Musings on Stigma and Ableism 

I once had a friend who preferred going in and out of mental health hospitals to actually taking mental health medicine. When we confronted her about it, she felt that the medicine was “stupid” and would still not take it. I suspect, however, that there was something else at work in her brain. It somehow reminds me of country star Mindy McCready, who eventually committed suicide after learning she had been living with a mental illness. I myself am not immune to this type of thinking. I have had trouble with concealing my autism as well as revealing it. This kind of tension should not be. I mean, it’s a choice between “You’re a Weirdo and We Don’t Like You” or “You Poor Unfortunate Soul! We Still Don’t Like You!” So what am I supposed to do? I confront stigma and ableism on a daily basis.

When “The Accountant” came out with its cold-blooded killer “autistic savant,” I confronted stigma. When I see people deciding not to vaccinate their children because they don’t want said children to be like me, I feel stigma. When I was told “You suffer from nothing” by a (former) friend, I confront stigma. While I mostly act neurotypical, when I don’t, I am told either explicitly or implicitly that I “know better” and I ABSOLUTELY MUST ACT NEUROTYPICAL for the sake of other neurotypicals. I am never allowed to be my autistic self, unless I am completely alone or with only my mother. It is a vicious cycle. It seems that without my mother or the internet, I would be completely alone with nobody to understand me or my condition. I am considering moving to a low-income area near a center focusing specifically on autistics after my mother passes on, to be honest.

Don’t even get me started on the ableism I got from my sisters. For example, if I did any stimming at all, I was yelled at to stop. I was often told to sit down and shut up. They mocked me for sitting on my hands to stop the stimming; but that was the only way. Of course, after my sisters unceremoniously sent me back to my mother after telling her I was a horrible person, I had to pay back Social Security thousands of dollars due to their handling of all my money. Of course, they will deny all this. Anyway, abuse is a common effect of ableism and stigma.

Let me explain why I put ableism and stigma together. They work together. Stigma about having something wrong with you feeds discrimination for the  able bodied and able minded. The neglect of people to, say, allow an access for a wheelchair-bound person feeds the inability for that person to be there, even if they are the person of honor at the event! Hopefully, my mother won’t need to speak at church; she can’t even get up on the stage. Oh, and another thing about stage access: If you see my disability as an “acting challenge” that you can put on as if it were simply a costume, you are wrong. Can you draw on being disabled yourself, “Rain Man” actor Dustin Hoffman? DO you know what it’s like to live with the pity, “Ray” actor Jamie Foxx? Can you handle constantly being told your kind is a scourge to be eradicated, Daniel Day-Lewis? No, because nobody ever asked us what it was really like to be us! In Hollywood, we disabled are a forgotten bunch of sideshow freaks cordoned off from the main attraction, hid in the back to be feared and pitied at the same time. We are too scary to be on TV, unless you treat our disability as a costume. I hope someday your disabled performances are as offensive to us disabled as blackface is. I digress; my point is, ableism and stigma are connected; they’re practically siblings.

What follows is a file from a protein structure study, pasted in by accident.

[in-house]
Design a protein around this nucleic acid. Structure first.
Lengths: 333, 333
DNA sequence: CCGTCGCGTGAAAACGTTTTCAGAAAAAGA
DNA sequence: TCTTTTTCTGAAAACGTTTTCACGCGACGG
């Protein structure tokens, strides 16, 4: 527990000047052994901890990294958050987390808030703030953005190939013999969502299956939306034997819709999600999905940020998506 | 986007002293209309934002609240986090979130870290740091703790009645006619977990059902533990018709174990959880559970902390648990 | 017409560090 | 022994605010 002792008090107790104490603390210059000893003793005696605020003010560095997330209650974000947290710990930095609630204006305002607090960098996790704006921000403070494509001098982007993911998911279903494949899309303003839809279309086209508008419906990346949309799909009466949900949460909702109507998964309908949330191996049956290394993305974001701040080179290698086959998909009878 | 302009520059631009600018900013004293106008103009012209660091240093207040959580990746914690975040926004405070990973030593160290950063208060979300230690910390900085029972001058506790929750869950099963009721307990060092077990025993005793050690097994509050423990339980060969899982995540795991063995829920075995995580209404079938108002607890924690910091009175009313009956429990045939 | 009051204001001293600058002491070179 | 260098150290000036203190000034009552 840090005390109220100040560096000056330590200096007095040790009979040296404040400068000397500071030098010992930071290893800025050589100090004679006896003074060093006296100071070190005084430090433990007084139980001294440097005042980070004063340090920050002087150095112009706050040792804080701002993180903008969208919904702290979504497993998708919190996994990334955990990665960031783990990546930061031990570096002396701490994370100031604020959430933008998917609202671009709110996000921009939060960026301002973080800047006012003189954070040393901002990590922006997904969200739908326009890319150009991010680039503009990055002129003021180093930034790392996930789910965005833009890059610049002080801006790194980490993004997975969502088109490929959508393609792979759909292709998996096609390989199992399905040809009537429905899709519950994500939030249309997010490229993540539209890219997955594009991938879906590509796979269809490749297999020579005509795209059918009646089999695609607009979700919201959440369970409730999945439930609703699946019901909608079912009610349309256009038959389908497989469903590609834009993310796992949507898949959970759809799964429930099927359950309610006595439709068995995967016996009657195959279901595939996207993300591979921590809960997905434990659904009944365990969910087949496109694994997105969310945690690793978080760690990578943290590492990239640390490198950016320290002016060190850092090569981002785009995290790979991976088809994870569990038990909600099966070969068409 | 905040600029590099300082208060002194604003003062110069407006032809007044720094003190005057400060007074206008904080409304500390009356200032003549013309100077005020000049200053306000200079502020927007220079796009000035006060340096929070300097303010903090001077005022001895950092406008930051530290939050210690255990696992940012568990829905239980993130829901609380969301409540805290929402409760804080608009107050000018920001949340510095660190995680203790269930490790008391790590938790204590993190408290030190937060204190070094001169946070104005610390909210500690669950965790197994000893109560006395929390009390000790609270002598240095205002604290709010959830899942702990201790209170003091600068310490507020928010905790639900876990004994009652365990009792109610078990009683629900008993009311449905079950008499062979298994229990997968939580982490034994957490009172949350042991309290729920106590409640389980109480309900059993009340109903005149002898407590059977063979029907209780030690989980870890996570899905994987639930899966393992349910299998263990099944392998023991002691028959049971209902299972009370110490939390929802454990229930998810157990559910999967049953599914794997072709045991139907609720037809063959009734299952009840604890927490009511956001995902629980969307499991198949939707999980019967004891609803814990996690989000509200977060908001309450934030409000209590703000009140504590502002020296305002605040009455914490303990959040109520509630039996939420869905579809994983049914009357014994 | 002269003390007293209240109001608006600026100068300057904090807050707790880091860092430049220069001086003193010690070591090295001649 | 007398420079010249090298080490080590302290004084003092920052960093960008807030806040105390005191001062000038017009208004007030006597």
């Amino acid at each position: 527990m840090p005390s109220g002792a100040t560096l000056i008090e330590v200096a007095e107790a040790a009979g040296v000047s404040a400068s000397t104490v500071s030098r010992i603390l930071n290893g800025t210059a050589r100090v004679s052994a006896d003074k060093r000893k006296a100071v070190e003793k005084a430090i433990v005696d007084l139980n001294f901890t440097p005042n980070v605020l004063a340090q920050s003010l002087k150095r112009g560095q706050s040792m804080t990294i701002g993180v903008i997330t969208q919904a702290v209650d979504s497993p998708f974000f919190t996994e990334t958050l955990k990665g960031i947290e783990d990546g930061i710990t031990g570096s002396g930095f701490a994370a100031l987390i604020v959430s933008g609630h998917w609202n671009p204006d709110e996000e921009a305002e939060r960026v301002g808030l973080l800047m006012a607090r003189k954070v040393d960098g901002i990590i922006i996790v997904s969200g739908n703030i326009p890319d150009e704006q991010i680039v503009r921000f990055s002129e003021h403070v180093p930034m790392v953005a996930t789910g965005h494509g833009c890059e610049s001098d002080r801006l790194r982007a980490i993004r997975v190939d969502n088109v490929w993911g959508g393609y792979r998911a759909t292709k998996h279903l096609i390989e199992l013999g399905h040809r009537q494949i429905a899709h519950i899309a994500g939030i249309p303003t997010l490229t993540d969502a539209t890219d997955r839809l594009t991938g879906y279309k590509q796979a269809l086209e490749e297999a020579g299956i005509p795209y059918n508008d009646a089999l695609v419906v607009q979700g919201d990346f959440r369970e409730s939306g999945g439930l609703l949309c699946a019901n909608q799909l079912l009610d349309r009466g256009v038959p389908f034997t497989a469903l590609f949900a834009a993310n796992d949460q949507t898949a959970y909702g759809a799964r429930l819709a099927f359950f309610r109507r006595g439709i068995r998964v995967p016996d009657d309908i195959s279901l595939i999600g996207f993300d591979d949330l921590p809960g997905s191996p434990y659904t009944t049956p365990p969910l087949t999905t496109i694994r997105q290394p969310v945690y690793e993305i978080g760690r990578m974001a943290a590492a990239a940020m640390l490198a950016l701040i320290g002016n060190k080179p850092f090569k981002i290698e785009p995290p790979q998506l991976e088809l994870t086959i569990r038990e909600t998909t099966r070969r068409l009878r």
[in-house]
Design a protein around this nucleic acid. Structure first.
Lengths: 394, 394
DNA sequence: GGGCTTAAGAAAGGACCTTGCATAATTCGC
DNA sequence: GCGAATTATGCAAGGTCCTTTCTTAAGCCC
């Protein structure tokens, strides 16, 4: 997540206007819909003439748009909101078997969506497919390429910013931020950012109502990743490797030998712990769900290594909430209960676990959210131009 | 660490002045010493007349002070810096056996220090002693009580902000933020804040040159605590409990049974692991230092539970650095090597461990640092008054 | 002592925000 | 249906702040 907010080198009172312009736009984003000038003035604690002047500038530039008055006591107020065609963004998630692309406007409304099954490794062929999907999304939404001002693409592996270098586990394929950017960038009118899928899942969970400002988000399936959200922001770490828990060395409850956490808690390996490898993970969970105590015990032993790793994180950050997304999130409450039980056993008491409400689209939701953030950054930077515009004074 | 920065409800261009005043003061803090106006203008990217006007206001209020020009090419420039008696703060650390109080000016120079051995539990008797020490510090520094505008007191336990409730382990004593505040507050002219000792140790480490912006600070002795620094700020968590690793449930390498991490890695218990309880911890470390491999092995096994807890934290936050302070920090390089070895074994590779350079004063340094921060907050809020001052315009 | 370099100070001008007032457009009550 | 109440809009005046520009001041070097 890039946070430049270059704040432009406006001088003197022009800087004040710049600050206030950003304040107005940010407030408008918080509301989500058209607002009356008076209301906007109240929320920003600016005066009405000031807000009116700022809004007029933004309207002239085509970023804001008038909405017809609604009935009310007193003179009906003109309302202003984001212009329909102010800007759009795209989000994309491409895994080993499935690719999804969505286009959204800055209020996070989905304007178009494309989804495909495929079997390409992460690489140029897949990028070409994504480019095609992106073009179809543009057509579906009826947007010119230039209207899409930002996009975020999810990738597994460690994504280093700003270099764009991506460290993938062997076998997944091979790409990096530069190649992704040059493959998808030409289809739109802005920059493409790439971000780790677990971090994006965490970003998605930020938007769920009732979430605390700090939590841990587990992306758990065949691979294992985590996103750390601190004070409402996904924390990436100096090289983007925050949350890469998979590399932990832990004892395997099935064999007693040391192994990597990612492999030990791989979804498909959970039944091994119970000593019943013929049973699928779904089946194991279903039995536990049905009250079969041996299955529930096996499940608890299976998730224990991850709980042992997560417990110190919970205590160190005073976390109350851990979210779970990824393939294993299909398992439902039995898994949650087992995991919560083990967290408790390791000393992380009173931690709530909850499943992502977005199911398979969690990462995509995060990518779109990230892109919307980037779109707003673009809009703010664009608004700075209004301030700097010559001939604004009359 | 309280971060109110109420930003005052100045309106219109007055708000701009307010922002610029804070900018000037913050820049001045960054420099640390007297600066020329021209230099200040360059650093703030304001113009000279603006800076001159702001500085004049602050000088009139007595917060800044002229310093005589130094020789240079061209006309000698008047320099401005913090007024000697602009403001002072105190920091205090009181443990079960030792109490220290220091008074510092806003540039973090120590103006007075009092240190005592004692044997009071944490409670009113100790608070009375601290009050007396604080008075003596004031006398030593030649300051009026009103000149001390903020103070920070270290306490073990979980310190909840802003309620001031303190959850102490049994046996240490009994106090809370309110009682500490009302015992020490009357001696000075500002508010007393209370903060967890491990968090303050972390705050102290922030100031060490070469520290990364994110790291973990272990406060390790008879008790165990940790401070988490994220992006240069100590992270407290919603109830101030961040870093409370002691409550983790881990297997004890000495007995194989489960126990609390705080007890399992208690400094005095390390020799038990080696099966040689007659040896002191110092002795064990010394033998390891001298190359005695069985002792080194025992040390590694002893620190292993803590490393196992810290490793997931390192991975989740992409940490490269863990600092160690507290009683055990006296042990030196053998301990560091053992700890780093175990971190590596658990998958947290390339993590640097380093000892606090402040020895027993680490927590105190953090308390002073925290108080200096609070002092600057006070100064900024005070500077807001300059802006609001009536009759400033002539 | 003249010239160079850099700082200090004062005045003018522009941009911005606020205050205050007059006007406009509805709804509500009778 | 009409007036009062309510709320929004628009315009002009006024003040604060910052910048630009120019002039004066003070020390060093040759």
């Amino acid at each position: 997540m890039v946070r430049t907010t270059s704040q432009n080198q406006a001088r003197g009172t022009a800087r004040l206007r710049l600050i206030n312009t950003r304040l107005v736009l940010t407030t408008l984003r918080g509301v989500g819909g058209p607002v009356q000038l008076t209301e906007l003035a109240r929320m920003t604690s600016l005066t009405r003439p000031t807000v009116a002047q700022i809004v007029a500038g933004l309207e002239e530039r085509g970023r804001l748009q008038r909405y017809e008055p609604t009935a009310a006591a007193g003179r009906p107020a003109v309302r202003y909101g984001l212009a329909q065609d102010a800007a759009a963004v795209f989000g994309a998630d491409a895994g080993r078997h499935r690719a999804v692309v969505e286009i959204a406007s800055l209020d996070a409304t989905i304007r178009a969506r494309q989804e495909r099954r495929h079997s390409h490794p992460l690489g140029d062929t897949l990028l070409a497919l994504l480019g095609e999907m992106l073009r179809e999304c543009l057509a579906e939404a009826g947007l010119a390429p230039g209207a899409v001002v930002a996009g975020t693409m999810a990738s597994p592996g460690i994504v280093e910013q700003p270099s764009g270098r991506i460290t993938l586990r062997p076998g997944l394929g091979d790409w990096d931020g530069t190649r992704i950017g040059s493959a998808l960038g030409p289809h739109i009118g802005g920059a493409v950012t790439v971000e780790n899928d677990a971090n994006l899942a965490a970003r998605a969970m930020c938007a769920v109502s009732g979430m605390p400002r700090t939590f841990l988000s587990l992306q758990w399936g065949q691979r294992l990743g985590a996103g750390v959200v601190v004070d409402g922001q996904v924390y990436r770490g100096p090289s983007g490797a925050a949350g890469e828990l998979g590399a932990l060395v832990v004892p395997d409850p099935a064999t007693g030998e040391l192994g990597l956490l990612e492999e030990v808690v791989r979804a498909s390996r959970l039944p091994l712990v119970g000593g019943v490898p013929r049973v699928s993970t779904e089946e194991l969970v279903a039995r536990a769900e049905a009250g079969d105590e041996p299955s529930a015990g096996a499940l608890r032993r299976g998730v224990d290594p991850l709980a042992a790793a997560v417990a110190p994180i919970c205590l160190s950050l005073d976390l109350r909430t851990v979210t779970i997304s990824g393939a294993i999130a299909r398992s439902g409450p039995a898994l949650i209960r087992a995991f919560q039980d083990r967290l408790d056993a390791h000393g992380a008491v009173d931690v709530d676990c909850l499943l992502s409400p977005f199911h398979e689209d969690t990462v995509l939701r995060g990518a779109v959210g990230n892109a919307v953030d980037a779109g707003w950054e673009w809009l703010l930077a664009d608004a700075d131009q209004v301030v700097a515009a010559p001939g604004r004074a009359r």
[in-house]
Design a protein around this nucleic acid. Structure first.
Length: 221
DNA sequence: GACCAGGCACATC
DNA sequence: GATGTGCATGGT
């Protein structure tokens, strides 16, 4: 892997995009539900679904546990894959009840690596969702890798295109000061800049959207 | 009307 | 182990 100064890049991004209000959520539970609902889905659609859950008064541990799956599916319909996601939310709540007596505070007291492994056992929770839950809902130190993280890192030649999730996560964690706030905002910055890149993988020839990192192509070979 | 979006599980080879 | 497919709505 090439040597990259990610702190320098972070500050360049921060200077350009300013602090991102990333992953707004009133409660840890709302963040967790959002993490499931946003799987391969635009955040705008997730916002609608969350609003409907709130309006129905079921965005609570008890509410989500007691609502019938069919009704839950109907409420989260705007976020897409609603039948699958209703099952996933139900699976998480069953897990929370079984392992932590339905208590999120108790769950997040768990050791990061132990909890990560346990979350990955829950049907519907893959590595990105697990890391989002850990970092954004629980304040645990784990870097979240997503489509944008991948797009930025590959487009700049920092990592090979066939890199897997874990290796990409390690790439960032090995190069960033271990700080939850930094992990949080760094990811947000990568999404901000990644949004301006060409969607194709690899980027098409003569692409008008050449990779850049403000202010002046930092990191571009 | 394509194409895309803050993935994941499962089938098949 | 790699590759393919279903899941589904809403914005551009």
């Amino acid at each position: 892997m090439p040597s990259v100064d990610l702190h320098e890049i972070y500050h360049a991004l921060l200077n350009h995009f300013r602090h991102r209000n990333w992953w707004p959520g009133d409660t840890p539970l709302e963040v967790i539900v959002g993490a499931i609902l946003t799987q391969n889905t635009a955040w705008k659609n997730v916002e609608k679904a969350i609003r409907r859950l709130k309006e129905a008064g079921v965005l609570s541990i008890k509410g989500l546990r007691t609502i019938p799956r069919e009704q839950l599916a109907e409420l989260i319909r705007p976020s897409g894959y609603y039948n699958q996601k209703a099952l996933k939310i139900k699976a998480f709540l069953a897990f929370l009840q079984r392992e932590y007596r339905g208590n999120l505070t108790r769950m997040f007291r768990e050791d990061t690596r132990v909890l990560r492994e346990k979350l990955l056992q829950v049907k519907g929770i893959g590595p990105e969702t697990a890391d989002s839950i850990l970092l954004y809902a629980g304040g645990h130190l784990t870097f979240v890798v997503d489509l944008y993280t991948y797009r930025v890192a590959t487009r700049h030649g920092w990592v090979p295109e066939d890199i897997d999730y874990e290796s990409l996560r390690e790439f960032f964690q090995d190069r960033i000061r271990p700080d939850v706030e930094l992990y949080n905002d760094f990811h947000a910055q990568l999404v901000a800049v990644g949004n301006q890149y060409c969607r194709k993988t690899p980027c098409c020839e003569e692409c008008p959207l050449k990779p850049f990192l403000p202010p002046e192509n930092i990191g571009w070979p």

What can we do with my friend who used to cycle in and out of mental hospitals due to the stigma of taking care of your mental health? Self-care is not a glamorous spa experience. How can we say “There is nothing wrong with taking your medicine,” when we as a society mock and ostracize people who take medicine? How can we say “We want you at our protest/ceremony/place of worship” when they can’t get either in the door or on the stage? How can we, and this is a personal one, say we are supporting autistic people when we will not take a measure or two to prevent sensory overload or meltdown? Society, we need to change. We need to not view disability or mental illness as a moral weakness or failure. (This viewpoint dates back to Biblical times, as does Jesus’ response: John 9) I hope we can before the disabled do what other marginalized groups are doing: resorting to their most frightening stereotypes.

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